CFAES students embark on a cosmic culinary quest

CFAES students embark on a cosmic culinary quest
Fuanyi Fobellah, a fourth-year senior majoring in food business management with a minor in business

By Tracy Turner

COLUMBUS, Ohio — Fuanyi Fobellah, a fourth-year senior majoring in food business management with a minor in business at The Ohio State University College of Food, Agricultural, and Environmental Sciences (CFAES), is about to take his passion for food to new heights — literally. 

As part of a select team of CFAES students, Fobellah is diving into the NASA Deep Space Food Challenge, a cosmic culinary quest that aims to revolutionize how astronauts are nourished during long-duration space missions.

Fobellah’s journey began on the wrestling mat in high school, where he grappled not only with opponents but also with questions about the quality and origins of the food he consumed. And his fascination with space exploration fueled dreams of a future where he could contribute to sustenance beyond our planet. 

Little did he know that his path would intersect with the cosmos, thanks to his decision to attend CFAES.

Fobellah, a native of Columbus, is part of a four-member CFAES student research team known as the “simunauts.” This group is testing novel food production technologies designed to withstand the rigors of space travel developed by four U.S. teams selected as finalists in the challenge. 

Their mission?

To run each technology or food system through a simulation of space travel, much like a crew of four embarking on a three-year, round-trip cosmic journey without the ability to resupply. But the simunauts’ work extends beyond the stars; it holds promise for addressing earthly challenges as well.

The simunauts are charged with testing food production technologies that:

  1. fill food gaps. The production solutions must ensure astronauts receive adequate nutrition throughout their mission.
  2. have an earthly impact. The technology developed should enhance food accessibility in urban centers and harsh environments here on Earth.
  3. are efficient. Maximizing food output with minimal inputs and waste is crucial.
  4. make good food. Create palatable, nutritious, and safe foods that require minimal processing time for crew members.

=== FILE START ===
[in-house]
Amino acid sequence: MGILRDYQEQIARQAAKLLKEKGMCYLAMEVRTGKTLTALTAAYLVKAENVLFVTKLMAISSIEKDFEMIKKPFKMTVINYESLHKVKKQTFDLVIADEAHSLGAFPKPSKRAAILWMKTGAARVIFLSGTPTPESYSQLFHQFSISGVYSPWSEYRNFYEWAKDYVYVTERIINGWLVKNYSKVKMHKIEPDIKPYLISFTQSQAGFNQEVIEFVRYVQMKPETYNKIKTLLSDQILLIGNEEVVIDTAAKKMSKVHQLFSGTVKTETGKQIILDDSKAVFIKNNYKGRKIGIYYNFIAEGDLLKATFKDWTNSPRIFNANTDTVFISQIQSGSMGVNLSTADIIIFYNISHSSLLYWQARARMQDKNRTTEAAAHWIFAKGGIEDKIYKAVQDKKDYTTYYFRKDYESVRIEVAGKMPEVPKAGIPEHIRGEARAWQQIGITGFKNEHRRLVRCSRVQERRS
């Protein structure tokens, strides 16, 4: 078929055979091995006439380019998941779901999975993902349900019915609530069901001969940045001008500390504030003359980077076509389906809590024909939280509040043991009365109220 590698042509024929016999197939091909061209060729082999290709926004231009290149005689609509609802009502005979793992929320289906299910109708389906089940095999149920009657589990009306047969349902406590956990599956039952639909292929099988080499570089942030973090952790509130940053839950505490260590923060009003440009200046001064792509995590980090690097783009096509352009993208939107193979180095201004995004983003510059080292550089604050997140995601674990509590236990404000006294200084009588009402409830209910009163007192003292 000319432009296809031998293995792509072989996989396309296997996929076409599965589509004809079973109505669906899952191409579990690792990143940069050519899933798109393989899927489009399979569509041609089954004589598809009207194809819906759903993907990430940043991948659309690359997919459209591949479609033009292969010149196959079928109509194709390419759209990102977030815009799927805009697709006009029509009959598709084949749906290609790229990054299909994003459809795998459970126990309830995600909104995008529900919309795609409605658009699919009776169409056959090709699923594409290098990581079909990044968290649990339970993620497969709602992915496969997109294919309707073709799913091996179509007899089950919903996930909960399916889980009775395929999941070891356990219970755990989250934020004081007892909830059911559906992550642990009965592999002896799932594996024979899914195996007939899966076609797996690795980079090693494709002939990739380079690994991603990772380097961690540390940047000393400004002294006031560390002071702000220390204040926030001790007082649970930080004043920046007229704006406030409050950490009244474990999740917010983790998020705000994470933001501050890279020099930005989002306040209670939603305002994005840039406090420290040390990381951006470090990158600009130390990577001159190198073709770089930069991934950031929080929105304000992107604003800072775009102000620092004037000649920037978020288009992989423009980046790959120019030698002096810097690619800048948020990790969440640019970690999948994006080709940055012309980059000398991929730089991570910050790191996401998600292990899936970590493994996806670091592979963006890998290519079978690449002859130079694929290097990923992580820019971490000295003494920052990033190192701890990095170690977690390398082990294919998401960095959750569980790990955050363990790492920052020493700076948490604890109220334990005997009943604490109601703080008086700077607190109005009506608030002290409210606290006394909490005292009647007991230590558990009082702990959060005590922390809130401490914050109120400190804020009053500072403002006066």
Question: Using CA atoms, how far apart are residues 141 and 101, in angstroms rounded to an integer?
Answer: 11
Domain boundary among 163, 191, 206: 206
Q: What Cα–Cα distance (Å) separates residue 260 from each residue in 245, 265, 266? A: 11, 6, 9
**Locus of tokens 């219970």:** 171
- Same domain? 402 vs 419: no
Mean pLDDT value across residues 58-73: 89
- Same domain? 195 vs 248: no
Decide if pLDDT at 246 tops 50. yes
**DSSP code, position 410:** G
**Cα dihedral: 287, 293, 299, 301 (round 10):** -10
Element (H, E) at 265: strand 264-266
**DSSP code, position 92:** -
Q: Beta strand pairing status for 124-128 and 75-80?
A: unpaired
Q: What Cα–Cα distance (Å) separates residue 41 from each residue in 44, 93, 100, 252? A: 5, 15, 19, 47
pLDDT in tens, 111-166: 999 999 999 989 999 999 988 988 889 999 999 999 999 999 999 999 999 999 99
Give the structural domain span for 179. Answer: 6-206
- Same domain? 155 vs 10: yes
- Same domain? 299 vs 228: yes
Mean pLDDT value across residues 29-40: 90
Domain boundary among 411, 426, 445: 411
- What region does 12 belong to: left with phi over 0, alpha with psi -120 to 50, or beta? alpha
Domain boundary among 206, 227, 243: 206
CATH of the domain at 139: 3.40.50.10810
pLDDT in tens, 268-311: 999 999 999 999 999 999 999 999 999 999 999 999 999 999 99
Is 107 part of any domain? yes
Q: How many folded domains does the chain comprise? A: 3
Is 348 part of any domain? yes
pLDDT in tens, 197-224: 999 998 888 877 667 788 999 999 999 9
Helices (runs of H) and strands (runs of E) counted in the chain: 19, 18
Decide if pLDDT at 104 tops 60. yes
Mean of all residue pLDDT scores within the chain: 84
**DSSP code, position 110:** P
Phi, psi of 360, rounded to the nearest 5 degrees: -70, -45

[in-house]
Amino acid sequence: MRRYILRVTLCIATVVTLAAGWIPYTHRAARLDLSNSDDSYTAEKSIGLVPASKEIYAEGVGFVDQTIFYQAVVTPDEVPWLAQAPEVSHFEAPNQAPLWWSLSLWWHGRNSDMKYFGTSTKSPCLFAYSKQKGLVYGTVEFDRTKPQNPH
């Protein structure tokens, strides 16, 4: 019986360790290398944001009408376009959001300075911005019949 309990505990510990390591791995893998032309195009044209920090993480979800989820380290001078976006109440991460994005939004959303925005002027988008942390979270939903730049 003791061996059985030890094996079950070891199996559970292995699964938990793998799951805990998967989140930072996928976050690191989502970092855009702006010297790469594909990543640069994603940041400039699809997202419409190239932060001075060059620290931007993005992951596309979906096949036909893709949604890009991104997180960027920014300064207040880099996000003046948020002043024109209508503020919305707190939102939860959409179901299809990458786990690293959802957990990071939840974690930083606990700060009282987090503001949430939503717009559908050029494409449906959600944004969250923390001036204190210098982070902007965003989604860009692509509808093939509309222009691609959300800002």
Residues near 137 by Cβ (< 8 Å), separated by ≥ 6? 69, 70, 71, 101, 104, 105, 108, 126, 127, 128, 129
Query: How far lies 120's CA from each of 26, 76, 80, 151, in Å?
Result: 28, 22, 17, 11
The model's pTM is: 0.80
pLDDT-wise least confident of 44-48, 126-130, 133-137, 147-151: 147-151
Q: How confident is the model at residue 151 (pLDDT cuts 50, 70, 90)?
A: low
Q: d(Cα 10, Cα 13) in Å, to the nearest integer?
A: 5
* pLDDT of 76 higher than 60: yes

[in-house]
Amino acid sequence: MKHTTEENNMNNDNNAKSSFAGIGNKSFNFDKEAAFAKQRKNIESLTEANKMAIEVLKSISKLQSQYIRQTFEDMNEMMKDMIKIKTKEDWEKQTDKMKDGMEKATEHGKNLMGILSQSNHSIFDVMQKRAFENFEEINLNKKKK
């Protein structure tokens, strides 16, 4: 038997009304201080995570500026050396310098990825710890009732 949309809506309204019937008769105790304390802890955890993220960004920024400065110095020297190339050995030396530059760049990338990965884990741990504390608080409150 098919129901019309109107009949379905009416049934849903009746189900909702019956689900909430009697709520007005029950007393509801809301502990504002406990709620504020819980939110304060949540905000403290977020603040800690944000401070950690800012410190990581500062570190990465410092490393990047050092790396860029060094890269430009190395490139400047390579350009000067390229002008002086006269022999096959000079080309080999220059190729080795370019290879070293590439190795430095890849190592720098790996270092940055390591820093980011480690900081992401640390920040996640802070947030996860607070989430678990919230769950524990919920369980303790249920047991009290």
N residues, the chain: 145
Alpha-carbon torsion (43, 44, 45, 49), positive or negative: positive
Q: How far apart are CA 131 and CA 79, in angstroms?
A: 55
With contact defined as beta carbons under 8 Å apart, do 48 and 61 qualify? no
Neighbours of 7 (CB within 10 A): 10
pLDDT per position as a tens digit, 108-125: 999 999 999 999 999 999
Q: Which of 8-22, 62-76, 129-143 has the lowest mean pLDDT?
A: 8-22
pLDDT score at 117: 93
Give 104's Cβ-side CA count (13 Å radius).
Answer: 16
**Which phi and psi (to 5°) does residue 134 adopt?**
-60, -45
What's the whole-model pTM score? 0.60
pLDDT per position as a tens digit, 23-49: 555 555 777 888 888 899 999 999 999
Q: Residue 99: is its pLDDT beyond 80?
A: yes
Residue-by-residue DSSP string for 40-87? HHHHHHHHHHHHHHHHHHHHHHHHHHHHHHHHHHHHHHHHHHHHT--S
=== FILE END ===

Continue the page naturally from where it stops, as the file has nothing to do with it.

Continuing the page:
CFAES students and innovations were driving forces in the decision to have the college participate in this final phase of the Deep Space Challenge, said John Trzinski, who serves as the mission and payload systems manager for the George Washington Carver Science Park (GWCSP) Starlab terrestrial analog facility commercial space station team. Starlab is currently housed within the CFAES Department of Food, Agricultural and Biological Engineering (FABE).

Sakura Sugiyama (middle) is a 2024 food science graduate from Athens, Ohio

“CFAES was chosen to help with the challenge because of their excellence in the field of novel food production, as well as the quality of our student researchers,” Trzinski said.

Angela Herblet, NASA lead challenge manager for the Deep Space Food Challenge, agrees.

“NASA is excited for Ohio State to host the final phase of the Deep Space Food Challenge,” Herblet said. 

Meet the other CFAES team members:

Sakura Sugiyama: From kitchen to cosmos

Sakura Sugiyama, a 2024 food science graduate from Athens, Ohio, brings her love for cooking and baking to the table. Her childhood fascination with turning ingredients into delectable dishes led her to CFAES. Now, she envisions a career in food industry research, and her simunaut experience will propel her toward that goal.

“The technology developed isn’t just for space,” Sugiyama explains. “It addresses issues like climate change and food insecurity right here on Earth.”

Charlie Frick, (far right) a fifth-year senior majoring in animal sciences from New Concord, Ohio

Charlie Frick: Farm roots and galactic dreams

Charlie Frick, a fifth-year senior majoring in animal sciences from New Concord, Ohio, grew up on a dairy farm. His expertise in animal sciences uniquely positions him to tackle the challenge of sustaining life beyond our planet. His eyes light up as he contemplates the intersection of agriculture and space exploration.

“Who would’ve thought my farm upbringing would lead to a chance at being part of space history?” Frick muses.

CFAES graduate student Mehr Un Nisa (right)

Mehr Un Nisa: Scholar with a taste for discovery

Hailing from Pakistan, CFAES graduate student Mehr Un Nisa’s curiosity about food science propelled her to become an Exchange Scholar. Her childhood wonder at the alchemy of ingredients transforming into meals now fuels her quest for cosmic cuisine. As she fine-tunes food technologies, she recognizes their potential impact back home.

“Solving space-related problems,” Nisa reflects, “may hold the key to solving Earth’s challenges too.”

The CFAES simunauts will conduct their research in a pilot plant at the Wilbur A. Gould Food Industries Center in the CFAES Department of Food Science and Technology.

The NASA research challenge will continue through August, with the winners announced by Aug. 16. The winning team will be awarded $750,000, and the two runner-up teams will receive $250,000 from NASA.

Even though they aren’t competing for the prize money, the CFAES team says they’ve already won because of the experience they’ll gain working with NASA. 

“Contributing to a NASA project is a unique experience that not many people have the opportunity to participate in,” Fobellah said. “Some people aren’t really familiar with what’s going on in CFAES, so I think it’ll open a lot of eyes and help people see all the cool and amazing work that we’re doing in this college.

“The CFAES motto of ‘we sustain life’ is perfect for this situation because the work that we’re doing in this challenge is not only helping to sustain life here on Earth, but hopefully on other planets. It’s just one step closer to us becoming a multiplanetary species.”